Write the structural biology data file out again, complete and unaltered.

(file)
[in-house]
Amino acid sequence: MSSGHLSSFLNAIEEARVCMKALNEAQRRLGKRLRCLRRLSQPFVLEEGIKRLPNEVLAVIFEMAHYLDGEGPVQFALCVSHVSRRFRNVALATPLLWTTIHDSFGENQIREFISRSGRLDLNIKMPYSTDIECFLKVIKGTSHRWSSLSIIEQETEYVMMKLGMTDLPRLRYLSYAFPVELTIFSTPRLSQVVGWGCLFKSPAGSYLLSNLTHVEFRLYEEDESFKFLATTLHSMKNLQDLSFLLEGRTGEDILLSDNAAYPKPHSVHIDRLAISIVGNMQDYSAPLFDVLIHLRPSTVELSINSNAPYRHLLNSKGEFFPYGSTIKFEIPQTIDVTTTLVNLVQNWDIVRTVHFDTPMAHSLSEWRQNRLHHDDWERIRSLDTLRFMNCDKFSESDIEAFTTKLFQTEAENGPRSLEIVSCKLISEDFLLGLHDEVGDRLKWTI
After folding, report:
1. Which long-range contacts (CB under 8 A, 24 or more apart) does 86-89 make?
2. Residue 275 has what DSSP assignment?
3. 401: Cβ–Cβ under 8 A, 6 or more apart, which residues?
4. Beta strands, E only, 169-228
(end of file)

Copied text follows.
[in-house]
Amino acid sequence: MSSGHLSSFLNAIEEARVCMKALNEAQRRLGKRLRCLRRLSQPFVLEEGIKRLPNEVLAVIFEMAHYLDGEGPVQFALCVSHVSRRFRNVALATPLLWTTIHDSFGENQIREFISRSGRLDLNIKMPYSTDIECFLKVIKGTSHRWSSLSIIEQETEYVMMKLGMTDLPRLRYLSYAFPVELTIFSTPRLSQVVGWGCLFKSPAGSYLLSNLTHVEFRLYEEDESFKFLATTLHSMKNLQDLSFLLEGRTGEDILLSDNAAYPKPHSVHIDRLAISIVGNMQDYSAPLFDVLIHLRPSTVELSINSNAPYRHLLNSKGEFFPYGSTIKFEIPQTIDVTTTLVNLVQNWDIVRTVHFDTPMAHSLSEWRQNRLHHDDWERIRSLDTLRFMNCDKFSESDIEAFTTKLFQTEAENGPRSLEIVSCKLISEDFLLGLHDEVGDRLKWTI
After folding, report:
1. Which long-range contacts (CB under 8 A, 24 or more apart) does 86-89 make?
2. Residue 275 has what DSSP assignment?
3. 401: Cβ–Cβ under 8 A, 6 or more apart, which residues?
4. Beta strands, E only, 169-228